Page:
A few years ago I overheard a teenage boy bullying his uncle into giving him his holiday aguinaldo.
By “overheard,” I mean he was loudly berating the older man for being “cheap” and peppering him with unsavory adjectives until he finally gave in.
The uncle gave him a hundred-peso bill, from what I heard, while the younger man mellowed down a bit saying he didn’t need the whole hundred and that just a fifty-peso bill would do.
Did he feel ashamed of his guilt-tripping or was he being sarcastic? Either way, I went back to sleep.
Now wide awake and reflecting on that touching moment, I wonder how would that young man fare in our current state of pandemic? Would parents caution their children to be tactful and refrain from asking for money from their ninongs and ninangs? Or would they encourage this ghastly holiday tradition in the hopes of getting more funds for their holiday dinners?
I received money from my aunts and uncles as a child, of course. But I didn’t give it much thought until I was much older.
As an adult, I realized that I was expected to give money or gifts to young children who would call me ninang. This led me to ask why this Filipino trait existed—would it qualify as a toxic Filipino trait?
We give gifts to mark occasions—birthdays, weddings, graduation ceremonies—as a way to congratulate the recipient. Both giving and receiving gifts cause the body to react by making happy hormones serotonin, dopamine and oxytocin. This is why we associate that warm, fuzzy feeling we get during the holidays with the joys of exchanging gifts (apart from consuming decadent food and alcohol).
Presents, in this sense, are therapeutic. So where does the malicious undertone come from?
In recent years, I came across a few memes and posts reminding people that godparents are there to guide children in their formative years and do not exist as annual ATM.
Just the thought that we have to put that in writing sets into question the methods and intent of these allegedly money-hustling godchildren and their parents.
Perhaps some of them have gone overboard and backed their godparents into a corner, asking for cash to spend on their birthdays.
Maybe some people decided to take advantage of their godparents with decent jobs, goading on them to buy this and that. It is quite possible that those godparents, who knew very well what they went through to earn that money, had just about enough of their scheming toxic Filipino ways.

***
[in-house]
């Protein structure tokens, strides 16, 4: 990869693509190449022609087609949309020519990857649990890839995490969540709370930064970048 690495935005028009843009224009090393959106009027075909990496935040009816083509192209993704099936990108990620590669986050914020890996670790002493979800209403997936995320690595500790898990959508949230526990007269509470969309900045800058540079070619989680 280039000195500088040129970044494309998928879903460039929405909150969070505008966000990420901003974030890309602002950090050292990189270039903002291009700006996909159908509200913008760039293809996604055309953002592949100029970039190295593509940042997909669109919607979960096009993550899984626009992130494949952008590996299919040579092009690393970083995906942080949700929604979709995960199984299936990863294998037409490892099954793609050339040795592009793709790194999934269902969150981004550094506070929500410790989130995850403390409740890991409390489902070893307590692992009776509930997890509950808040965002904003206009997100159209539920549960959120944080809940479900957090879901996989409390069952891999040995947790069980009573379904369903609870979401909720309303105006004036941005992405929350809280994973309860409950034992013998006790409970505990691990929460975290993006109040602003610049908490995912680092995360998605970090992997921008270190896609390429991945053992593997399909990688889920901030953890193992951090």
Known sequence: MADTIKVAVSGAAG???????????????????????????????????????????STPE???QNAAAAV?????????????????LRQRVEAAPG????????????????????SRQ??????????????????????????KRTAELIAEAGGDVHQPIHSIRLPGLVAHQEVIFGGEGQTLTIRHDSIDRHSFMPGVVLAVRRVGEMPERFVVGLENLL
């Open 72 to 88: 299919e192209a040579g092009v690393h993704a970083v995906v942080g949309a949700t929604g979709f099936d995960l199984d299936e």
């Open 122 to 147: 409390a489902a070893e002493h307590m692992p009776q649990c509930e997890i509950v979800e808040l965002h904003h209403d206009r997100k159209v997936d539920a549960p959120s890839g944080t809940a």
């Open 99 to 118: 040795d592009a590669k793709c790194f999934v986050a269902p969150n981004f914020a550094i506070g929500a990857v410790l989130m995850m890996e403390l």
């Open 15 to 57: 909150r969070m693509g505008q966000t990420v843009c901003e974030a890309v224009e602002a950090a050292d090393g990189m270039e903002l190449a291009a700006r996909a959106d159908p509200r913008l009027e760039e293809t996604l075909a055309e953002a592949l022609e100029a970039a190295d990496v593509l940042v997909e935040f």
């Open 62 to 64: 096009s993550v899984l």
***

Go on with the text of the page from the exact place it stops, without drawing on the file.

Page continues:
A while after those greedy-godchild-shaming posts appeared, I noticed another trend. People were posting “guidelines” for their inaanaks to follow if they wanted to receive their precious aguinaldos.
Some of them wanted the children to answer simple math equations or general scholarly questions. Others wanted a present in return, most notably a macabre human sacrifice known as “a ninong for ninang.”
While hilarious, some may find it somewhat troubling that the latter “guidelines” promote the need for an exchange of presents. It’s like saying that if you have nothing to give, you shouldn’t expect to receive anything.
Though I believe it truly might deter some of the greedy teenage godkids. It would certainly urge them to study, at the very least.
How do we go about this now? Should we make an effort to give presents to our godchildren? Should we prompt an official exchange of gifts because, honestly, nothing is for free anymore? Or can we just give what we can when we can? I can’t answer for everyone, but my choice would be the latter.
I’d prefer to give for the sake of giving instead of in anticipation for what I may receive. I’d want to give gifts that I can afford to those people I love. If I can’t afford a gift at this time, I would hope that my sincere friendship will do (if not, you can forget the friendship, too).
On a serious note, the gifts I give may be frugal, but the love I impart them with is no less strong.
I am hoping that this surreal pandemic will inspire people to appreciate what they have and to give what they can to those who matter to them the most.
About the Author
Cielo F. Lagera, RPh is a Pharmacist by profession, writer (or trying) by heart.
She likes to cook but is slightly manic about it. She loves coffee, dogs and fried chicken.